Province announces funding at 2022 AMO conference to support critical public services

The Ontario government is working with its municipal partners to build strong, thriving communities and making significant, additional investments to enhance and protect the critical public services Ontarians rely on everyday.

At the 2022 Association of Municipalities of Ontario (AMO) conference in Ottawa, the Ontario government announced nearly $764 million in funding to assist municipalities with the cost of land ambulance operations. This represents an average increase of five per cent provincially compared to 2021-22 funding levels.

“The people of Ontario are counting on all levels of government to come together and get it done for them,” said Premier Doug Ford. “We will work shoulder to shoulder with our municipal partners to deliver a stronger health system, world class transportation infrastructure and attainable housing for all Ontarians. Because there is only one way to build a prosperous Ontario for everyone, and that is by building together.”

Ontario is supporting efficient local decision-making to help cut through red tape and speed up development timelines. The government introduced the Strong Mayors, Building Homes Act that, if passed, would put trust in local leadership by giving the mayors of Toronto and Ottawa more responsibility to deliver on our shared provincial-municipal priorities, including the government’s commitment to build 1.5 million new homes over the next 10 years to address the housing supply crisis.

“The past three years have underscored the important role local governments play in our communities,” said Steve Clark, Minister of Municipal Affairs and Housing. “That’s why we’re working closely with our municipal partners and working to ensure they have the tools and flexibility they need to address local priorities. We will continue to keep the lines of communication open and encourage municipalities to take action as we work together to strengthen our communities and promote economic growth.”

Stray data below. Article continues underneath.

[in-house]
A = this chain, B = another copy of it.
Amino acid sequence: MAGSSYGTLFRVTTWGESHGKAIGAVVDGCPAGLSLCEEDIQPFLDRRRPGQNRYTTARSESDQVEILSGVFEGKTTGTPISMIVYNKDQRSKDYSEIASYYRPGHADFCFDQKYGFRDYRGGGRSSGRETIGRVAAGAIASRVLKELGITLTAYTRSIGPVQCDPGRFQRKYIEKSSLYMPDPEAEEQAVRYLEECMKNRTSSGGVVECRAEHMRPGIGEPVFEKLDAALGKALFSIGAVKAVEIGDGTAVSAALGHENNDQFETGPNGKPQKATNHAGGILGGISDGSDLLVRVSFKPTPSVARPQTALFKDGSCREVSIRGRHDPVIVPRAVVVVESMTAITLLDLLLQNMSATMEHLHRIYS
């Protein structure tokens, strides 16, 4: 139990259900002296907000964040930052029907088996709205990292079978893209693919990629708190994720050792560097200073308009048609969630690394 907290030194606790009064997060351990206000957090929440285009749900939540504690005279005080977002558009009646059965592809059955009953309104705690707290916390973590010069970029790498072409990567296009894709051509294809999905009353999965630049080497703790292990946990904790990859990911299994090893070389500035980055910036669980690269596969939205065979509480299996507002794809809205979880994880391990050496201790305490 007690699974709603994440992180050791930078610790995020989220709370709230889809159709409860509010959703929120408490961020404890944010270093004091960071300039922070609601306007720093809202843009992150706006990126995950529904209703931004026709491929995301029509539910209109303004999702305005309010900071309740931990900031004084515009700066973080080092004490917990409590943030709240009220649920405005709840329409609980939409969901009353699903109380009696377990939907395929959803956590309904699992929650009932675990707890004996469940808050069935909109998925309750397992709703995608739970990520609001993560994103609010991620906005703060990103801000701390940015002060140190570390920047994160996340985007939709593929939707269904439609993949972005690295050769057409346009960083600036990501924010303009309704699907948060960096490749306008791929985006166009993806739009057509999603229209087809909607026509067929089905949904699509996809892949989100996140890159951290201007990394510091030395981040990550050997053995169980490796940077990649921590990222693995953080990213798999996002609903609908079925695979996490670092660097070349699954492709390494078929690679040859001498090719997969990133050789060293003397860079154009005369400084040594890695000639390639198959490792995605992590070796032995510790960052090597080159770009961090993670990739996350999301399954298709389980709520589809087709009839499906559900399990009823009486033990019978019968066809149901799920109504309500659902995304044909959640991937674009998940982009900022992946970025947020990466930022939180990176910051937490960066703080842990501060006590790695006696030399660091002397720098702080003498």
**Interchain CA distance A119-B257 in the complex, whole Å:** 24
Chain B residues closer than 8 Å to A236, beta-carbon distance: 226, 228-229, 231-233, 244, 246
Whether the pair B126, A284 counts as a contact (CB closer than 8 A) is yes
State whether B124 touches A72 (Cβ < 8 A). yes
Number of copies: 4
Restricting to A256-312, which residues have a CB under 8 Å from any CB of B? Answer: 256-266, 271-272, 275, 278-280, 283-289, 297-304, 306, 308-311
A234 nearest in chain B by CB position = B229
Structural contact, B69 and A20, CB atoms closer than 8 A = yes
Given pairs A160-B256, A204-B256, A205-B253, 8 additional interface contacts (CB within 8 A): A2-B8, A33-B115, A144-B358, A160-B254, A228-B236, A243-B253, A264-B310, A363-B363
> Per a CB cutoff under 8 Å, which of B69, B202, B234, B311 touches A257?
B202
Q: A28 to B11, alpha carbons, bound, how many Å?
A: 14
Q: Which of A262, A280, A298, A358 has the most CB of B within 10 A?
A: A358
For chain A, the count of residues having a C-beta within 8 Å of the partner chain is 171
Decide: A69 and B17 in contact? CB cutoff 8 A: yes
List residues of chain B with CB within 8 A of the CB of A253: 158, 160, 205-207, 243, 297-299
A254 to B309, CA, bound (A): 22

The government is also expanding patient care models for eligible 9-1-1 patients to provide them timely access to appropriate treatment in the community and help reduce unnecessary emergency department visits. Currently, these patient care models enable paramedics to treat and refer mental health and addictions and palliative care patients to appropriate services in the community. The government is working with key partners to expand these models to different patient groups, such as people with diabetes and epilepsy, and implement a new treat and release model with recommendations to patients for appropriate follow-up care.

Additionally, Ontario is providing approximately $47 million through to the end of 2023 to public health units and municipalities to ensure they have the financial stability to deliver key services across the province during this critical time. This is in addition to continuing the increased investments to support the public health sector’s response to COVID-19.

“Ontario’s public health system and frontline health care workers have demonstrated remarkable dedication in responding to COVID-19 while continuing to provide exceptional care to Ontarians,” said Sylvia Jones, Deputy Premier and Minister of Health. “As we head into the fall, our government is providing funding to support public health units in their critical work and is also expanding patient models of care to enable our world-class paramedics to provide more timely and appropriate care for even more patients at the right place at the right time.”

Ontario has invested nearly $4.4 billion over the past three years to grow and enhance community and supportive housing for vulnerable Ontarians and Indigenous people, address homelessness, and respond to COVID-19. This includes over $1.2 billion through the Social Services Relief Fund to help municipal service managers and Indigenous program administrators create longer-term housing solutions and help vulnerable Ontarians – one of the biggest investments made in affordable housing and homelessness supports in the province’s history.

“AMO appreciates the Government of Ontario’s commitment to making our conference successful. Ontario’s 444 municipal governments work with the province to serve the same people. We often work in partnership, through shared funding and service relationships,” said Jamie McGarvey, outgoing AMO President and Mayor of Parry Sound. “Good government depends on our ability to work well together. AMO is pleased to provide a meeting place where governments come together and achieve more through collaboration. We provide that role every day. AMO’s Annual conference is the most important expression of our role.”